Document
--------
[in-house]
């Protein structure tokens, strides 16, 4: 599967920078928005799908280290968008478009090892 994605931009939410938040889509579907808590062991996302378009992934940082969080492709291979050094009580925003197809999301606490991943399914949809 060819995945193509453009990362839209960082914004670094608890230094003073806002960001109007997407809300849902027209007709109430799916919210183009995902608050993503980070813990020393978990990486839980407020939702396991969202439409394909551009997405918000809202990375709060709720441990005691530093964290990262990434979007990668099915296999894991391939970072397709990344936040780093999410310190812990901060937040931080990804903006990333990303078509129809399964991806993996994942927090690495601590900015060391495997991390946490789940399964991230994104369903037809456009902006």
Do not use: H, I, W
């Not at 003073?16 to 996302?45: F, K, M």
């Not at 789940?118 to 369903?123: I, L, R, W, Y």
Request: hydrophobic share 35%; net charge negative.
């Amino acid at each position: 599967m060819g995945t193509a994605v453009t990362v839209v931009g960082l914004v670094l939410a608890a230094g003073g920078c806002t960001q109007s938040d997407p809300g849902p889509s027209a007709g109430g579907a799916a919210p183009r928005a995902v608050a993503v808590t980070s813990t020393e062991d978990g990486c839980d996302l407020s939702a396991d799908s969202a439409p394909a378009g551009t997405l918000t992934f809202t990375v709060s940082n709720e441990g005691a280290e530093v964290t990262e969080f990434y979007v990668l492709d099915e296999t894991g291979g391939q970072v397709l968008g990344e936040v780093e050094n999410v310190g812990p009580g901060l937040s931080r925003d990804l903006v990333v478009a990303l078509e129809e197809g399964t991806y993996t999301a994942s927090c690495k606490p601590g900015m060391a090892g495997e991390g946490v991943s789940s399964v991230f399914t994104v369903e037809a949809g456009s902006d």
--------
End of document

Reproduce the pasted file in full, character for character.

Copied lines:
[in-house]
């Protein structure tokens, strides 16, 4: 599967920078928005799908280290968008478009090892 994605931009939410938040889509579907808590062991996302378009992934940082969080492709291979050094009580925003197809999301606490991943399914949809 060819995945193509453009990362839209960082914004670094608890230094003073806002960001109007997407809300849902027209007709109430799916919210183009995902608050993503980070813990020393978990990486839980407020939702396991969202439409394909551009997405918000809202990375709060709720441990005691530093964290990262990434979007990668099915296999894991391939970072397709990344936040780093999410310190812990901060937040931080990804903006990333990303078509129809399964991806993996994942927090690495601590900015060391495997991390946490789940399964991230994104369903037809456009902006």
Do not use: H, I, W
């Not at 003073?16 to 996302?45: F, K, M």
């Not at 789940?118 to 369903?123: I, L, R, W, Y």
Request: hydrophobic share 35%; net charge negative.
């Amino acid at each position: 599967m060819g995945t193509a994605v453009t990362v839209v931009g960082l914004v670094l939410a608890a230094g003073g920078c806002t960001q109007s938040d997407p809300g849902p889509s027209a007709g109430g579907a799916a919210p183009r928005a995902v608050a993503v808590t980070s813990t020393e062991d978990g990486c839980d996302l407020s939702a396991d799908s969202a439409p394909a378009g551009t997405l918000t992934f809202t990375v709060s940082n709720e441990g005691a280290e530093v964290t990262e969080f990434y979007v990668l492709d099915e296999t894991g291979g391939q970072v397709l968008g990344e936040v780093e050094n999410v310190g812990p009580g901060l937040s931080r925003d990804l903006v990333v478009a990303l078509e129809e197809g399964t991806y993996t999301a994942s927090c690495k606490p601590g900015m060391a090892g495997e991390g946490v991943s789940s399964v991230f399914t994104v369903e037809a949809g456009s902006d």